The idea is to make possible quick and low-cost remittances in a “peer to peer” way. This country has its own cryptocurrency
Ulaanbaatar, Mongolia’s capital, partnered with Terra, a stablecoin developer, to launch a service platform for instant money transfers that will use blockchain technology.
Terra will have the support and financing of the city government to try to simplify and secure the electronic payment process. Among other financial services that it will offer, it is trying to provide their users with the possibility of making quick and low-cost remittances and loans.
According to official information, in the medium term Terra plans to work together with the local government to replace the traditional method of current payment of utility bills and government subsidies through the use of its stablecoin.
“The P2P (per-to-per) facilitation and the recurring payments of public services with Terra are the first important steps towards building a financial infrastructure based on blockchain technology in Mongolia”, said Daniel Shin, Terra’s co-founder. He added that the intention is to offer at all times a wider range of financial services, “reforming the remittance industry, loans and banking in general”.
The pilot program will be launched in the next six months with two main characteristics: peer-to-peer (P2P) payments in order to allow instantaneous transfer between users of different banks, and mobile payments to build the infrastructure of secure payments, assured the company to expand the information.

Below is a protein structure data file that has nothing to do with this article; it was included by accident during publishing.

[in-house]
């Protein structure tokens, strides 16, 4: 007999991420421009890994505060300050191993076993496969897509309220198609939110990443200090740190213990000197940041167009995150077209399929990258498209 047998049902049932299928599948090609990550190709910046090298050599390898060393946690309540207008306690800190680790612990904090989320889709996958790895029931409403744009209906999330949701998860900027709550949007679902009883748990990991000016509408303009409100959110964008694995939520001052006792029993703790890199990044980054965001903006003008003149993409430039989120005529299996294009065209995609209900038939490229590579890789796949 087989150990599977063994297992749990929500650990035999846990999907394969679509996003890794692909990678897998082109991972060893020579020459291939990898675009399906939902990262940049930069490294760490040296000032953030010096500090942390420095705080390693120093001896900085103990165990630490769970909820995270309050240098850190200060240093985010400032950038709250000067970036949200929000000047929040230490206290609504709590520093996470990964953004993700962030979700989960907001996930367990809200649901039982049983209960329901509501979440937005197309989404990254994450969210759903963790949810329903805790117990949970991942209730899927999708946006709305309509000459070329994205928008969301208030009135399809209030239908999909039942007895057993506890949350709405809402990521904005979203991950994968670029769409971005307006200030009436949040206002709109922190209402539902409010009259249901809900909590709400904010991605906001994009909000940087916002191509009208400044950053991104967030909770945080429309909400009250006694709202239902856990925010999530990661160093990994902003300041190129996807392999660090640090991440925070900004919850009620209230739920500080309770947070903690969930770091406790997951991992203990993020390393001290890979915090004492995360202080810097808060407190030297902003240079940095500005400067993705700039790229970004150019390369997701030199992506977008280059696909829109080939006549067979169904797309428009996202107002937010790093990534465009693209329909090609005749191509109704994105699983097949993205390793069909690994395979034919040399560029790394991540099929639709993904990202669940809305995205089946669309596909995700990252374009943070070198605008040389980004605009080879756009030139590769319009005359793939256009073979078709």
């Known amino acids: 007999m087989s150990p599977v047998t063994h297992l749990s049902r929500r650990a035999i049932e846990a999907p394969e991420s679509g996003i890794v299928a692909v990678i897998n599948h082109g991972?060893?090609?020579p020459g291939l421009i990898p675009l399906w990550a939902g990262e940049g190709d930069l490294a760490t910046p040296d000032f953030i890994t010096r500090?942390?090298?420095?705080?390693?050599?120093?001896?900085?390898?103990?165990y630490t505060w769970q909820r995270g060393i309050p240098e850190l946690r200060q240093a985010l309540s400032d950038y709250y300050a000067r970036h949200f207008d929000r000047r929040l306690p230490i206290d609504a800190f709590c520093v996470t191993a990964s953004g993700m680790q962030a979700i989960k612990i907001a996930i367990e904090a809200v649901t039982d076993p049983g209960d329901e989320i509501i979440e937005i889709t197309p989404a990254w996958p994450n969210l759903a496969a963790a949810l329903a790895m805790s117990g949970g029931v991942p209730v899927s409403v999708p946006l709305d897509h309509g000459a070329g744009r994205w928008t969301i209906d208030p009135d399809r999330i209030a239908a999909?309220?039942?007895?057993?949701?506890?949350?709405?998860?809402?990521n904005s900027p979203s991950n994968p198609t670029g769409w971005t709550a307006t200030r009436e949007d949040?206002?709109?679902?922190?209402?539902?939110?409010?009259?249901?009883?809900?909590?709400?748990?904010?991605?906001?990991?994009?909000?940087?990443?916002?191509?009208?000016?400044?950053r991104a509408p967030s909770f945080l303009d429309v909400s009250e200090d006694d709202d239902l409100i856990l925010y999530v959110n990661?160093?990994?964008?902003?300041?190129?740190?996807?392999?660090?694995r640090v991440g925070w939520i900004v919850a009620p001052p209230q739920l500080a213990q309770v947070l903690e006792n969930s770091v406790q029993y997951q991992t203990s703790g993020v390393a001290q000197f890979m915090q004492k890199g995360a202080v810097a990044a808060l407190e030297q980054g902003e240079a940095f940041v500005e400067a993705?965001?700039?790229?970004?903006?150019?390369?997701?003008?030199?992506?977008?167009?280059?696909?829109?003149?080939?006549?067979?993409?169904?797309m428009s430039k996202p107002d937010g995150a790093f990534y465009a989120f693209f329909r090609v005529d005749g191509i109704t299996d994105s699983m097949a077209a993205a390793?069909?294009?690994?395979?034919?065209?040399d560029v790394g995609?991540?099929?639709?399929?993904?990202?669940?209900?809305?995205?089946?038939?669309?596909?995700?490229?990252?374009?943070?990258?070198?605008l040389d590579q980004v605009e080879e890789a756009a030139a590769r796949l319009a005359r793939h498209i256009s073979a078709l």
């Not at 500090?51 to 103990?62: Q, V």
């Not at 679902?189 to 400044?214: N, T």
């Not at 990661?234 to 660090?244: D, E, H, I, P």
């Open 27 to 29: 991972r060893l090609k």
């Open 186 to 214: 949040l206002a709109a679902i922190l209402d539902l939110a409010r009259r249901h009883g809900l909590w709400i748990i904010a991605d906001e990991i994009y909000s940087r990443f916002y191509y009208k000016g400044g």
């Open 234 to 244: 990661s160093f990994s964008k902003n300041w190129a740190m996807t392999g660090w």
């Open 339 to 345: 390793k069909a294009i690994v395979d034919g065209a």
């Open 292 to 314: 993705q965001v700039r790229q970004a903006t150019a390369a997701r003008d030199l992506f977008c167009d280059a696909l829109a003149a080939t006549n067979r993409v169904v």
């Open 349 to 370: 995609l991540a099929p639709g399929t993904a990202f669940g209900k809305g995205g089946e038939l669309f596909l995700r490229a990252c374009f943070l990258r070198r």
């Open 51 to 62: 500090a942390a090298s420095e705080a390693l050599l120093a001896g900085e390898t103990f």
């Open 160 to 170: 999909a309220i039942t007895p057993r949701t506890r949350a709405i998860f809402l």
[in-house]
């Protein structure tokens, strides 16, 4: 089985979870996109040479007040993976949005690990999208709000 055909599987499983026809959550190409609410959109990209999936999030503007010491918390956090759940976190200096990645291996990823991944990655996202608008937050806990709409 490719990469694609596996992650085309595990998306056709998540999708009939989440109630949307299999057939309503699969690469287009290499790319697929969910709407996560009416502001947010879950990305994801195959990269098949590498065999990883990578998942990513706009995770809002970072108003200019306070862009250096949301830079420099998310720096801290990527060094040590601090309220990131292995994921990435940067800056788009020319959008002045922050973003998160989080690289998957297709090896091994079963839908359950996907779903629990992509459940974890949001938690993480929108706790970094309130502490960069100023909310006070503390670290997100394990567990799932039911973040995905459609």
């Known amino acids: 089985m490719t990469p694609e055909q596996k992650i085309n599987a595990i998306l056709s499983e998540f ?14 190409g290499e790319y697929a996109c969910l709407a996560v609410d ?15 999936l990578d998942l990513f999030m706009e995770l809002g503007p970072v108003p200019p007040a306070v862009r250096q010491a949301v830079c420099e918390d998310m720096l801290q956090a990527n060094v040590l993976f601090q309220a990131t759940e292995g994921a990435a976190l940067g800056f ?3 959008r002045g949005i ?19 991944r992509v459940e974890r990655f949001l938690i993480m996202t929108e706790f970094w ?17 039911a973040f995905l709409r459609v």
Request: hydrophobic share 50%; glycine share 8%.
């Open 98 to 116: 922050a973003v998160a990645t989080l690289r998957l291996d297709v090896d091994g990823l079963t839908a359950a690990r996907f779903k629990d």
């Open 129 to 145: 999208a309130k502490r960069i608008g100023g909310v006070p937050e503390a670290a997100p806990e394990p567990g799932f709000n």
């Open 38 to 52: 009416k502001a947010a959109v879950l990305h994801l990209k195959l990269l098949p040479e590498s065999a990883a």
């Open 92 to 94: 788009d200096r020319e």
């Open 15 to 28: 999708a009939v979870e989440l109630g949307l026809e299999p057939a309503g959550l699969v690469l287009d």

It is planned to start in the Nalaikh, district of Ulaanbaatar city, and includes both payments in pairs and mobile payments.
The announcement was made by the blockchain company Terra, based in South Korea. The solution developed by the company will be launched in the Nalaikh district of the city through a pilot program, with plans to expand the idea throughout the city. In the future, this technology could reach other areas of the country.
Terra, known for the development of its own stablecoin, is a company co-founded by Daniel Shin, who created Ticket Monster, the e-commerce market in South Korea. The project of its stablecoin closed a round of financing of 32 million dollars in August 2018, with the participation of Binance Labs, OKEx and Huobi Capital, as well as Polychain Capital, among other important companies in the industry.
Last autumn, the Bank of Mongolia, the country’s largest bank, granted permission to the largest mobile telecommunications operator in Mongolia, Mobicom, to issue its own digital currency.
In order to make real its plan, Terra partnered with the South Korean messaging app giant Kakao Talk, in November last year, to develop a blockchain-based payment system that allows more people to use these services.
With its decision, Mongolia invites to the adoption of cryptocurrencies. Mobicom’s CEO Tatsuya Hamada is confident in the impact of digital currencies on the economy. “When digital currencies begin to circulate, ATMs and cards will become things of the past”.
According to the Central Bank, “the regulation defines who will use the digital currency system and how to obtain permit rights, duties of clients and service providers”. In fact, in this country already circulates a digital currency called Candy for the payment of goods and services.
By María Rodríguez